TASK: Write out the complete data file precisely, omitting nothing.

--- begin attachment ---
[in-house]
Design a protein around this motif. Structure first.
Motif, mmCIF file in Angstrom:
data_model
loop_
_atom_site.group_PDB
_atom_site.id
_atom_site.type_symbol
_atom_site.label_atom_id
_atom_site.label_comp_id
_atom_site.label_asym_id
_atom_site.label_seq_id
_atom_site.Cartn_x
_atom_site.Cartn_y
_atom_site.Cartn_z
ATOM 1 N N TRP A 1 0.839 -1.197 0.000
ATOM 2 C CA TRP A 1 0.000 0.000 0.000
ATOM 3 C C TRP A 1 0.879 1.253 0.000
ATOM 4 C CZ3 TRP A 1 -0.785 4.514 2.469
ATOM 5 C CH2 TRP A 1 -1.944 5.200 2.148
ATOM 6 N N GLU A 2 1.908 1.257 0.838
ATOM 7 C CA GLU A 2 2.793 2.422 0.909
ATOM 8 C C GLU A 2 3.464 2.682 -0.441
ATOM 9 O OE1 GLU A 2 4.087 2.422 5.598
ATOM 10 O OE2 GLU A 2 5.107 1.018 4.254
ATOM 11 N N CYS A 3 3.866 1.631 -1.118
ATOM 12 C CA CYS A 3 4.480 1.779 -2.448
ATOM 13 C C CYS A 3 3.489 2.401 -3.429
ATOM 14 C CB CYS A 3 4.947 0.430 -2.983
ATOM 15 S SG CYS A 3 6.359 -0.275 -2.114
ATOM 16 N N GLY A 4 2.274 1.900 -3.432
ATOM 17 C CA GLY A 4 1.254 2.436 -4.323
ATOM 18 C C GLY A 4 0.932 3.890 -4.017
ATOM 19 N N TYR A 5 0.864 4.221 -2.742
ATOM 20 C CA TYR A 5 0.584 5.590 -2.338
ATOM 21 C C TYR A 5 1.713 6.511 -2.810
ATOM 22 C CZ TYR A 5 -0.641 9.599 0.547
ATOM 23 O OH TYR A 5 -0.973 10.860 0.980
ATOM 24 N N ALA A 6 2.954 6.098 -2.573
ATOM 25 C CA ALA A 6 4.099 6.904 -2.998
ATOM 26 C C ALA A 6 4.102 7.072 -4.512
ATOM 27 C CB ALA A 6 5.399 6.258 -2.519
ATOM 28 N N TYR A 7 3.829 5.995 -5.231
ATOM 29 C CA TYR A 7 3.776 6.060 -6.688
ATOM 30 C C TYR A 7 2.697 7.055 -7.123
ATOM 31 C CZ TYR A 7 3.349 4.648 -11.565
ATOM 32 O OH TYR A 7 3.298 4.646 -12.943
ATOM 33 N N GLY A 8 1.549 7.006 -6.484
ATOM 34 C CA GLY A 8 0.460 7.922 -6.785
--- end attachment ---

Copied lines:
[in-house]
Design a protein around this motif. Structure first.
Motif, mmCIF file in Angstrom:
data_model
loop_
_atom_site.group_PDB
_atom_site.id
_atom_site.type_symbol
_atom_site.label_atom_id
_atom_site.label_comp_id
_atom_site.label_asym_id
_atom_site.label_seq_id
_atom_site.Cartn_x
_atom_site.Cartn_y
_atom_site.Cartn_z
ATOM 1 N N TRP A 1 0.839 -1.197 0.000
ATOM 2 C CA TRP A 1 0.000 0.000 0.000
ATOM 3 C C TRP A 1 0.879 1.253 0.000
ATOM 4 C CZ3 TRP A 1 -0.785 4.514 2.469
ATOM 5 C CH2 TRP A 1 -1.944 5.200 2.148
ATOM 6 N N GLU A 2 1.908 1.257 0.838
ATOM 7 C CA GLU A 2 2.793 2.422 0.909
ATOM 8 C C GLU A 2 3.464 2.682 -0.441
ATOM 9 O OE1 GLU A 2 4.087 2.422 5.598
ATOM 10 O OE2 GLU A 2 5.107 1.018 4.254
ATOM 11 N N CYS A 3 3.866 1.631 -1.118
ATOM 12 C CA CYS A 3 4.480 1.779 -2.448
ATOM 13 C C CYS A 3 3.489 2.401 -3.429
ATOM 14 C CB CYS A 3 4.947 0.430 -2.983
ATOM 15 S SG CYS A 3 6.359 -0.275 -2.114
ATOM 16 N N GLY A 4 2.274 1.900 -3.432
ATOM 17 C CA GLY A 4 1.254 2.436 -4.323
ATOM 18 C C GLY A 4 0.932 3.890 -4.017
ATOM 19 N N TYR A 5 0.864 4.221 -2.742
ATOM 20 C CA TYR A 5 0.584 5.590 -2.338
ATOM 21 C C TYR A 5 1.713 6.511 -2.810
ATOM 22 C CZ TYR A 5 -0.641 9.599 0.547
ATOM 23 O OH TYR A 5 -0.973 10.860 0.980
ATOM 24 N N ALA A 6 2.954 6.098 -2.573
ATOM 25 C CA ALA A 6 4.099 6.904 -2.998
ATOM 26 C C ALA A 6 4.102 7.072 -4.512
ATOM 27 C CB ALA A 6 5.399 6.258 -2.519
ATOM 28 N N TYR A 7 3.829 5.995 -5.231
ATOM 29 C CA TYR A 7 3.776 6.060 -6.688
ATOM 30 C C TYR A 7 2.697 7.055 -7.123
ATOM 31 C CZ TYR A 7 3.349 4.648 -11.565
ATOM 32 O OH TYR A 7 3.298 4.646 -12.943
ATOM 33 N N GLY A 8 1.549 7.006 -6.484
ATOM 34 C CA GLY A 8 0.460 7.922 -6.785